Full sourcecode for this article is shared here:

**taxfromdk/tensorflow_dense_op**

*Contribute to tensorflow_dense_op development by creating an account on GitHub.*github.com

### Forward pass

The forward pass is easy and intuitive. It follows the classical description where a neuron has a bias and one weight per connection to each preceeding neuron. In this case the operation deals with a whole layer of neurons and not just a single one at a time.

Note that the activation function is left out to keep complexity low. I basically just add it after the custom operation in python.

The forward pass is straightforward.

for (int sample = 0; sample < batch_samples; sample++)

{

for (int unit = 0; unit < units; unit++)

{

output_tensor(sample, unit) = 0;

for (int input = 0; input < input_feature_width; input++)

{

output_tensor(sample, unit) +=

input_tensor(sample, input) *

weights_tensor(input, unit);

}

output_tensor(sample, unit) += biases_tensor(0, unit);

}

}

### Gradient

Implementing the operations gradient is needed for back-propagation to work. It stumped me for a while exactly how to compute the gradient as well as understanding how one could output a gradient in the form of a X dimensional matrix as seen in reference 2.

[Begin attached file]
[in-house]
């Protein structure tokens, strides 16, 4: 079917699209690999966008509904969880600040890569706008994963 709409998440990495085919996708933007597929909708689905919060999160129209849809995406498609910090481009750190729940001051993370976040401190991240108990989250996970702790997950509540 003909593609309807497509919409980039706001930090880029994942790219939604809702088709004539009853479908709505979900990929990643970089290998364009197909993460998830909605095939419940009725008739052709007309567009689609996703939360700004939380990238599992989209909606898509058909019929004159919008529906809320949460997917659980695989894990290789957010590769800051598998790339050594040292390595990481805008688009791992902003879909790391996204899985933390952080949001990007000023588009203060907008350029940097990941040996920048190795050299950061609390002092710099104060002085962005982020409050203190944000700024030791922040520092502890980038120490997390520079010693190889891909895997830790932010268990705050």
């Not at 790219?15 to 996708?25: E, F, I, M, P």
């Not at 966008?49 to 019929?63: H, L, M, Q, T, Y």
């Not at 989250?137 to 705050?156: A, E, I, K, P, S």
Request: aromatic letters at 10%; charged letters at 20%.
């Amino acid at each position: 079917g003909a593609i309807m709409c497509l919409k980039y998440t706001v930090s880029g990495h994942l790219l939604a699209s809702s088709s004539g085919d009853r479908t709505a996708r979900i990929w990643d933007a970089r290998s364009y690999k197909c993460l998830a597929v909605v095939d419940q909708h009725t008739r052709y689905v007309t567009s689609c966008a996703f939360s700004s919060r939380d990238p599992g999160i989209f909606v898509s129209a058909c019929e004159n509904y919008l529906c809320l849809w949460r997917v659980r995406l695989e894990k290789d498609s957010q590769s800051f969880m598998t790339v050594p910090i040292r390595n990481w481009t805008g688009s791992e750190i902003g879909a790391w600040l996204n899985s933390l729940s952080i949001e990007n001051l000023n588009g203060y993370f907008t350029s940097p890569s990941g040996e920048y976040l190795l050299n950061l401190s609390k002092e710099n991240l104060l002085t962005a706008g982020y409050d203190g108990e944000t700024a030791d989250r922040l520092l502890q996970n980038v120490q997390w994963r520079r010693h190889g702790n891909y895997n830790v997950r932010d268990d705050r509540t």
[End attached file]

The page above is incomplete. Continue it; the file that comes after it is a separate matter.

I fiddled a bit with the mathematics and finally wrote out the equations completely for each component of the vector. It was tedious and took a fair bit of time, but made some sense and got me started. Doing the matrix computations with different sizes for dimensions actually help me fit the pieces together.

Looking at the inner product code from the 2. article, I got a hint on what the gradient method gets as input and what it should produce in its output. In my understanding the gradient function gets a grad matrix being the same shape as the output of the forward pass. The matrix contains a part of the graph error that the back-propagation algorithm has transported backwards through the graph. The back-propagation method need the gradient operation to decide how to let the error flow further backward where it is ultimately used to adjust trainable values. (weights and biases)

The practical output of the grad operation should be matrices shaped to match all inputs that the operation is given.

Examining each component of each output of the grad output, reveals that the gradient is relatively simple computed. Its basically just expressing how much does the output change relative to the input and multiply with the gradient being given containing the size of the error at that point.